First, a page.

So I wrote an e-mail to the owner about the issue. His wife, who is the clinical director called me back to discuss the issue. I tried not to trash her – continually referring to her as a “bad fit” – and it seems that at least one other family with a child whose problems were similar to mine were not satisfied. Now we have to wait and find a new PT. We’re not willing to change agencies and get rid of his OT, though, since she is such an asset.

Well, it’s 8:15 and we have to leave in an hour because of the rush hour traffic. Fingers crossed for a successful day with good test results.

Two Magic Words

There are a few moments that every parents holds their breath waiting for, knowing that that moment will forever change the relationship they have with their child. The first step. The first solids. The first time sleeping in their nursery. Perhaps the most eagerly awaited milestone is hearing your child say “mama” and “papa” with intention. When you have a child on the spectrum, this moment may be years off.

Little bear started talking on schedule. His first word was “all done.” He also picked up “high five” “ball” and “leche.” But no words to refer to Papi Bear or myself. We pushed him, urged him, prompted him, with no result. Our best outcome was the nonspecific “beh beh” to refer to either of us in times of separation anxiety.

Today I took Little Bear to the grocery store. He didn’t want to be in the car anymore and was getting whiney. I pulled into a spot and checked my phone for a moment.

Mama

No. I must be imagining it.

Mama!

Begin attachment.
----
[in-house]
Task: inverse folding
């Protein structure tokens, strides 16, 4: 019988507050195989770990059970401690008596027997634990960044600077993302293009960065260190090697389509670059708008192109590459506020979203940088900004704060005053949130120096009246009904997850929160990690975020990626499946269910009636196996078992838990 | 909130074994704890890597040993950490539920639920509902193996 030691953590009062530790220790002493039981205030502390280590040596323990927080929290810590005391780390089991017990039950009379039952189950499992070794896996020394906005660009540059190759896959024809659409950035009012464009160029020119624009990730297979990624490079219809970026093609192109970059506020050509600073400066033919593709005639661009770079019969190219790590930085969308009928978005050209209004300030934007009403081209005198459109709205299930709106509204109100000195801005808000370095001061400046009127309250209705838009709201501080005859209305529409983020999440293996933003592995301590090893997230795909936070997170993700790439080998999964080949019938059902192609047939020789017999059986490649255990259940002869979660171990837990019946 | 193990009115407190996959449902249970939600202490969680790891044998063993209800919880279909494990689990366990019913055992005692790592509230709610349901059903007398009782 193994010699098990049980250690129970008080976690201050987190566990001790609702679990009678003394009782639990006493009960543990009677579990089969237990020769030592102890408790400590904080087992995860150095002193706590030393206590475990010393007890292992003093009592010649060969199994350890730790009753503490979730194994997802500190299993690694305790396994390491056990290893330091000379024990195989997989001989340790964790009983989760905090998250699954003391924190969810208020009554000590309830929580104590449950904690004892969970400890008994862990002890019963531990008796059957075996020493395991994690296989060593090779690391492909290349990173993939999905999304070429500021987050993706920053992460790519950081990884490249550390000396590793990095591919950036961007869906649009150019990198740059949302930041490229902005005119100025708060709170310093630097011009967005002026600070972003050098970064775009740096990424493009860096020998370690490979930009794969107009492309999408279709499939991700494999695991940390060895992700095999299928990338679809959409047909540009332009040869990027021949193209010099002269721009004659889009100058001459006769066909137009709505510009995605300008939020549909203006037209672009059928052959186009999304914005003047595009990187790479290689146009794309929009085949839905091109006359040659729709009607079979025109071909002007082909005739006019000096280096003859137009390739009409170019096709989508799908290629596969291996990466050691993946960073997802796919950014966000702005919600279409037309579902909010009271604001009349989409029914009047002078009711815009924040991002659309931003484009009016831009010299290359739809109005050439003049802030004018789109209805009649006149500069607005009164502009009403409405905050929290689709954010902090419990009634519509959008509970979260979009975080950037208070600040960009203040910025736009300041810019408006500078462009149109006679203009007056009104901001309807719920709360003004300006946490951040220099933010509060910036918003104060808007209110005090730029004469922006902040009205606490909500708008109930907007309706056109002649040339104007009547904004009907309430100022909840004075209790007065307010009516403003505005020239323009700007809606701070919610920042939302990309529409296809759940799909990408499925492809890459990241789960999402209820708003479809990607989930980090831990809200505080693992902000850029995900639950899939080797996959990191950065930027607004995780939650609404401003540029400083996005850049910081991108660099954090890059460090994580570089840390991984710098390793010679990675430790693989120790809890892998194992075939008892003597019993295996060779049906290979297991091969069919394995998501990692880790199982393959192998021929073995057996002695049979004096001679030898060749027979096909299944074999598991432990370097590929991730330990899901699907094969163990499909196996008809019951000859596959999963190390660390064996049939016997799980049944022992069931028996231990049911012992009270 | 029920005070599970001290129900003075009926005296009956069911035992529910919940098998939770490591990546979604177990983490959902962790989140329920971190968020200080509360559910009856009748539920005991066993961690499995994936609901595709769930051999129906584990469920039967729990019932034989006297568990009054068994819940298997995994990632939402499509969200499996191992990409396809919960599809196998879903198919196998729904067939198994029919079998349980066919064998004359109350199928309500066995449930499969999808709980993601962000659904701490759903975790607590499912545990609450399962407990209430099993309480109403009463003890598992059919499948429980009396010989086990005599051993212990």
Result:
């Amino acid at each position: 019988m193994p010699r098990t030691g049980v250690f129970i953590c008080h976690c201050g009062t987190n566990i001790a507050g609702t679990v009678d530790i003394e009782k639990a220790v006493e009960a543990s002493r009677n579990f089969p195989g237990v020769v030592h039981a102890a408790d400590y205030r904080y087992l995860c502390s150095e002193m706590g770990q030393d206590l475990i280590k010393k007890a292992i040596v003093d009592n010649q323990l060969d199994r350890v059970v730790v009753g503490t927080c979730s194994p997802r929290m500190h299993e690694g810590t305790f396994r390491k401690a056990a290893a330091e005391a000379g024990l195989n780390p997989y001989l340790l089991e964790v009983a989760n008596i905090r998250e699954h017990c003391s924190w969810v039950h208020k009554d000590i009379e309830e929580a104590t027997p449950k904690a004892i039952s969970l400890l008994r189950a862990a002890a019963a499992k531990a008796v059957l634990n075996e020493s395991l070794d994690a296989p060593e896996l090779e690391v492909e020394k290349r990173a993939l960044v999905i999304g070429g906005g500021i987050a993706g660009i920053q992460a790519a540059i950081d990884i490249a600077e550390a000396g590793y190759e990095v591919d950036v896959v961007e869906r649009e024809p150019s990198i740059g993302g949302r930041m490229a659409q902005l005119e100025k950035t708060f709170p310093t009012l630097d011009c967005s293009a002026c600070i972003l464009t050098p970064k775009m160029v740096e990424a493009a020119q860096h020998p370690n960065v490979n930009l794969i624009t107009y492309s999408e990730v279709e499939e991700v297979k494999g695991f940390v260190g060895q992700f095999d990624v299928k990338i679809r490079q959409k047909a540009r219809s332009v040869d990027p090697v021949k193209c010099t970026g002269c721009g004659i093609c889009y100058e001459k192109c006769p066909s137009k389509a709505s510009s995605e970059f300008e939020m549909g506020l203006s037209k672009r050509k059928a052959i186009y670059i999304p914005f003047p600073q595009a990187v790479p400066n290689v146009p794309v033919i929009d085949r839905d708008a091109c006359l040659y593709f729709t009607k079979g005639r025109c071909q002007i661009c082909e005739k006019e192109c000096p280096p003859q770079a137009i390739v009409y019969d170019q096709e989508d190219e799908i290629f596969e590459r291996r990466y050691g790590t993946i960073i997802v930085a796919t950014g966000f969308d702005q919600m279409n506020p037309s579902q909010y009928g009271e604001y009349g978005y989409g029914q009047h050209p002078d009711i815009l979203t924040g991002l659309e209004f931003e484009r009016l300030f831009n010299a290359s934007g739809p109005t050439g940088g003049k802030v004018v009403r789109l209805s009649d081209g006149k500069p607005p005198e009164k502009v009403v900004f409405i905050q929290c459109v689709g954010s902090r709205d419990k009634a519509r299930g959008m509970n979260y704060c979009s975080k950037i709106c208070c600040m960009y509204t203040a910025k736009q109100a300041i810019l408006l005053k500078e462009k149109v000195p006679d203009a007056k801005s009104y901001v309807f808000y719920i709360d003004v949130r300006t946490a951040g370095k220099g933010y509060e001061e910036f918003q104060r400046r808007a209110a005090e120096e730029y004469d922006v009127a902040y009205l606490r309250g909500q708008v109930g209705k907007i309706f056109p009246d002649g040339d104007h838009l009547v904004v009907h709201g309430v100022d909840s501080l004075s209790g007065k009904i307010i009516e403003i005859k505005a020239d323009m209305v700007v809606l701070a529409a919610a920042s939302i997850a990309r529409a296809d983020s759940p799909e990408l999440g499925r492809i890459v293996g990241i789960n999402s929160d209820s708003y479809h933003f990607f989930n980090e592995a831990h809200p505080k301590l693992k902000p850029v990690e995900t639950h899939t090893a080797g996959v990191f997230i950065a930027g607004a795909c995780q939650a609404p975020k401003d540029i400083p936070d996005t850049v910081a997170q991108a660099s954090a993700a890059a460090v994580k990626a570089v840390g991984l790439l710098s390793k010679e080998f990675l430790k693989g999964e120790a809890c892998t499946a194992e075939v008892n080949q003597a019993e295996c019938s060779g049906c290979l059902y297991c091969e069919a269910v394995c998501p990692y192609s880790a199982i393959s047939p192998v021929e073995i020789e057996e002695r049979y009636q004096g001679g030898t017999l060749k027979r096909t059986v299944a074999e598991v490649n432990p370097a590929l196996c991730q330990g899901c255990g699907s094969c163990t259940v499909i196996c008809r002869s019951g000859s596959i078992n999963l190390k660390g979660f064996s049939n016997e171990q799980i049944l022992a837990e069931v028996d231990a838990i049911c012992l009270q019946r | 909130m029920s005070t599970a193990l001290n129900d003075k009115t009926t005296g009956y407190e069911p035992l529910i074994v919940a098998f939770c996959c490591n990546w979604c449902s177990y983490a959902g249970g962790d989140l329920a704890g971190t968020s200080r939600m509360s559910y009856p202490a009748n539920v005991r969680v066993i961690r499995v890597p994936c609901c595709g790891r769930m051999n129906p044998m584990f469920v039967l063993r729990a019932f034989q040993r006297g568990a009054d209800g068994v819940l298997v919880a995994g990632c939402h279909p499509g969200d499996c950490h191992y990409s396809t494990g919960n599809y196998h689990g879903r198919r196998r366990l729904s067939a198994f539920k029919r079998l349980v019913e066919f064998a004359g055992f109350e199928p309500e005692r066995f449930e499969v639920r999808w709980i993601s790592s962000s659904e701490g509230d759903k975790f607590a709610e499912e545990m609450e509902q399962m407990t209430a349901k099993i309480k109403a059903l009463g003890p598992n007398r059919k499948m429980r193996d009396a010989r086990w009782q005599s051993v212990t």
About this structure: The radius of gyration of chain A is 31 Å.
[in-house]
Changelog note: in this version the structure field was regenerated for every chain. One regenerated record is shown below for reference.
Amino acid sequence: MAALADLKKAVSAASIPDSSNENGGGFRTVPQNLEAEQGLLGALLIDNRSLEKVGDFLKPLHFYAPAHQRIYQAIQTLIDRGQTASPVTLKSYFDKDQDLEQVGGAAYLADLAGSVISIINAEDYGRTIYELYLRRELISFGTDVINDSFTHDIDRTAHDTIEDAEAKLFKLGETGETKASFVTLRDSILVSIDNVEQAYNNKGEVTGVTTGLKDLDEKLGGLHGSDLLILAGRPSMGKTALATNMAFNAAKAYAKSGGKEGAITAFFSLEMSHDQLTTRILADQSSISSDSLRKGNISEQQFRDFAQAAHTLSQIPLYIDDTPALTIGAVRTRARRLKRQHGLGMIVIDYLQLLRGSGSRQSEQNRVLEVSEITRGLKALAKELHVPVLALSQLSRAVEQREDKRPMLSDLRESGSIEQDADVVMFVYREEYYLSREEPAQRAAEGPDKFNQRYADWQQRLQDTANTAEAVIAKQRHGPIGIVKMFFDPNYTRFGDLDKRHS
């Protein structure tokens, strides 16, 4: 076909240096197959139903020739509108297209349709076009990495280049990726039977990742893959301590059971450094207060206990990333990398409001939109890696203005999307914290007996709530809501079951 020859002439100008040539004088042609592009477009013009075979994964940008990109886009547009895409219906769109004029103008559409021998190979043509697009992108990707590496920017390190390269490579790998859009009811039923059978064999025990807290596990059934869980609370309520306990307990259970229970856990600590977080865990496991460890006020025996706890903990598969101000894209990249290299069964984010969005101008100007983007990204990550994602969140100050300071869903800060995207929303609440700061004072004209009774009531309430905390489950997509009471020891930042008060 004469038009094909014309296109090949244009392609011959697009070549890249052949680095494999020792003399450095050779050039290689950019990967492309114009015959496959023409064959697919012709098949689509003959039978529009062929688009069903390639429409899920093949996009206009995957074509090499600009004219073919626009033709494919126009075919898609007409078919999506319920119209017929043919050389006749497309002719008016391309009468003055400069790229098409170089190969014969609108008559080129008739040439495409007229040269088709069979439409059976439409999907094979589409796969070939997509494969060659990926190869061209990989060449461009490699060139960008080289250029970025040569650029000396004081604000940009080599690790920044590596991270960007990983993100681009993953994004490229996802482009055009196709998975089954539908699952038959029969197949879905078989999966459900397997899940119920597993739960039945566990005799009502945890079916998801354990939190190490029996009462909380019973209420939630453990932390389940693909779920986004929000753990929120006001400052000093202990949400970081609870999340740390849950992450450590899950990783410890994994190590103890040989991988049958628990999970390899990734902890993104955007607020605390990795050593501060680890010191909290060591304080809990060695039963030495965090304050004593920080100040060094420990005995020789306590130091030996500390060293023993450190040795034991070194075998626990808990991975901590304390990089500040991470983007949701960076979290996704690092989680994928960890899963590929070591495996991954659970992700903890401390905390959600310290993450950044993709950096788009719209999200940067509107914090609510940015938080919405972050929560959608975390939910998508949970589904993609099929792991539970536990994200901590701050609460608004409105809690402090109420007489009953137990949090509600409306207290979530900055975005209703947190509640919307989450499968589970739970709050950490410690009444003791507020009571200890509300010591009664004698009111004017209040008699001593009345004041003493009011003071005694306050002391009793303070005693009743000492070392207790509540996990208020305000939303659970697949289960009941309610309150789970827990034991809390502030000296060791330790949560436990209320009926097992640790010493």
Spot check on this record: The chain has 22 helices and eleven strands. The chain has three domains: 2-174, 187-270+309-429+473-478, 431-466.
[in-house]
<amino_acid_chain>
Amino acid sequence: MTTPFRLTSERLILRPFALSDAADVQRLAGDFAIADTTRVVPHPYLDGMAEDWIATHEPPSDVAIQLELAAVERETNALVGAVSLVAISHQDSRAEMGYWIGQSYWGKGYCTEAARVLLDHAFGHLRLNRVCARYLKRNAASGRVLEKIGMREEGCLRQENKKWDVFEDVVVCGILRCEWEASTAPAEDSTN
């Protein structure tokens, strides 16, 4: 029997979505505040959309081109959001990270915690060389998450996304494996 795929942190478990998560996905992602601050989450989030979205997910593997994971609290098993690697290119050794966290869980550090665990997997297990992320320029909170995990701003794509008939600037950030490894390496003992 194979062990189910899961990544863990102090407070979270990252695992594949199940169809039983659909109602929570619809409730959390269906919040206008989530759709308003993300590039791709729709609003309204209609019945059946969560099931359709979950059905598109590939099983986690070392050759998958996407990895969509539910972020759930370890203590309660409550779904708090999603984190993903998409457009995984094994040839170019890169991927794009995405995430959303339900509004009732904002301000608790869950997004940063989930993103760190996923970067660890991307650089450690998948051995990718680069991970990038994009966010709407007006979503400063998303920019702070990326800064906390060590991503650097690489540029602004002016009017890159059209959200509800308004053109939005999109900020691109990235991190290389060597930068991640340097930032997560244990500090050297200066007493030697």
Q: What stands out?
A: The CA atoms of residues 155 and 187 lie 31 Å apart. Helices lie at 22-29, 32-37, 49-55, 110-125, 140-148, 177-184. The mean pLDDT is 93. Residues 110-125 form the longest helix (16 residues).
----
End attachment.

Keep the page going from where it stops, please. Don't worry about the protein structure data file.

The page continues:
I wasn’t. Little Bear called for mama for the first time ever.

Papi Bear said he called him Papi clearly today when we left him alone with his OT for five minutes and he wanted him to come back.

One day at a time.

Oh, and his brother got a car bed today. He called it vroom vroom.

Penciling in Life

Last week Little Bear was approved for therapy through our private insurance to add on to his Early Intervention therapy. At the moment, he has 9.5 hours a week. We’re still screen-shot-2016-09-18-at-11-25-44-pmwaiting on an eval for private speech therapy, possible OT through Early Intervention, and a possible doubling of PT through Early Intervention. All in all, he may end up with 15-18 hours a week by the time we finish scheduling everything.

Little Bear is doing extraordinarily well in his new school and every day we see him more and more eager to go to class. He cried for 15 minutes after we left him on the first day, but Papi Bear said he just goes over to his seat and sits down with his breakfast when he leaves him now. His new PT told me she observed him for 15 minutes before she started her therapy with him on his first day on Thursday. She said he is very attached to the main teacher in the classroom and he likes to hold her pants and sit in her lap during circle time. The same teacher has told me he’s the sweetest little boy ever (except for the pinching) and that she adores him, so I’m glad he’s found a teacher at school that he can find comfort in while he’s away from Mama and Papi. We’re also thrilled to walk in at the end of the day and find him running around on the playground, rather than in a classroom or watching TV.

Today was a special day. A milestone day. Today was the day Little Bear picked up a remote, held it to his ear, and said, “Hewwo? Hewwo?” And then gave it to Mama to listen. Today was the day Little Bear truly played pretend and his Mama Bear’s fears lowered down one more notch. He can play pretend. My Little Bear can play pretend!!